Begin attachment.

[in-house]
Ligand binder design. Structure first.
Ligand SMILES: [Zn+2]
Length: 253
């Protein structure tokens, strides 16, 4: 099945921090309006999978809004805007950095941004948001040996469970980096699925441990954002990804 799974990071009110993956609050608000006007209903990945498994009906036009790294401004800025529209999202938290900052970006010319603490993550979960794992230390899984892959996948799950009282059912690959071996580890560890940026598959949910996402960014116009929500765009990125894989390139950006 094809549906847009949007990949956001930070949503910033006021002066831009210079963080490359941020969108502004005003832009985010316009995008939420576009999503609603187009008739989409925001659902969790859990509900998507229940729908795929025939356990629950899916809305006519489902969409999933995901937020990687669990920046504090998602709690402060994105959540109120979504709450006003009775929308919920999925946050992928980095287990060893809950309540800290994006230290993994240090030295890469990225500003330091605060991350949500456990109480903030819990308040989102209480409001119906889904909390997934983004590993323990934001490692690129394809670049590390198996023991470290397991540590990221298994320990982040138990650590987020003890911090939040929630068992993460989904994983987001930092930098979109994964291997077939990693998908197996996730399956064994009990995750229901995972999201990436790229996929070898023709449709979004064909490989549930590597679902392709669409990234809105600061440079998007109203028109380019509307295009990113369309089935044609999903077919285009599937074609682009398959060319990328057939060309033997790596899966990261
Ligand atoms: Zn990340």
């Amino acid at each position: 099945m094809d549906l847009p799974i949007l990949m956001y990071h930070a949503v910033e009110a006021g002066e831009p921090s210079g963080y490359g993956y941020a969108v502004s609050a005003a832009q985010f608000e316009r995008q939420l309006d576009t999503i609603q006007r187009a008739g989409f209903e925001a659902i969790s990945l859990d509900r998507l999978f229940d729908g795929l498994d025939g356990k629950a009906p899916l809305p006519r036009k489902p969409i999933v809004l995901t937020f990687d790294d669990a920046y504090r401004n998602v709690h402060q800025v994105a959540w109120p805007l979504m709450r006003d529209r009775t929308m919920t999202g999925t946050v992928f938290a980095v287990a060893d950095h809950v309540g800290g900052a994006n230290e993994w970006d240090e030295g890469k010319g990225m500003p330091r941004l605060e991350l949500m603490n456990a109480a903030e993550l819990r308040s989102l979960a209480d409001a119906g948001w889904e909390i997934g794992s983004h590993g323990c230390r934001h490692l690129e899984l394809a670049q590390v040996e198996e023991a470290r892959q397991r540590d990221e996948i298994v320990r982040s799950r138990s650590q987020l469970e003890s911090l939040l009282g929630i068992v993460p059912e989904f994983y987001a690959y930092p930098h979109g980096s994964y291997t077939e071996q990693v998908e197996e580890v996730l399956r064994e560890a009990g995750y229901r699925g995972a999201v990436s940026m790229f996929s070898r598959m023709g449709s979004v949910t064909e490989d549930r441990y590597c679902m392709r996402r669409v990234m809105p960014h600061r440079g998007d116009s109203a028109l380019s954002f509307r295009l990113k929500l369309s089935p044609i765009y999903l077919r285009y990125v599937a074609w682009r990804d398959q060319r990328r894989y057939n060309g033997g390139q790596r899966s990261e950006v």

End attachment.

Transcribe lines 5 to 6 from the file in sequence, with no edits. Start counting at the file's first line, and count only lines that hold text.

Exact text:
């Protein structure tokens, strides 16, 4: 099945921090309006999978809004805007950095941004948001040996469970980096699925441990954002990804 799974990071009110993956609050608000006007209903990945498994009906036009790294401004800025529209999202938290900052970006010319603490993550979960794992230390899984892959996948799950009282059912690959071996580890560890940026598959949910996402960014116009929500765009990125894989390139950006 094809549906847009949007990949956001930070949503910033006021002066831009210079963080490359941020969108502004005003832009985010316009995008939420576009999503609603187009008739989409925001659902969790859990509900998507229940729908795929025939356990629950899916809305006519489902969409999933995901937020990687669990920046504090998602709690402060994105959540109120979504709450006003009775929308919920999925946050992928980095287990060893809950309540800290994006230290993994240090030295890469990225500003330091605060991350949500456990109480903030819990308040989102209480409001119906889904909390997934983004590993323990934001490692690129394809670049590390198996023991470290397991540590990221298994320990982040138990650590987020003890911090939040929630068992993460989904994983987001930092930098979109994964291997077939990693998908197996996730399956064994009990995750229901995972999201990436790229996929070898023709449709979004064909490989549930590597679902392709669409990234809105600061440079998007109203028109380019509307295009990113369309089935044609999903077919285009599937074609682009398959060319990328057939060309033997790596899966990261
Ligand atoms: Zn990340």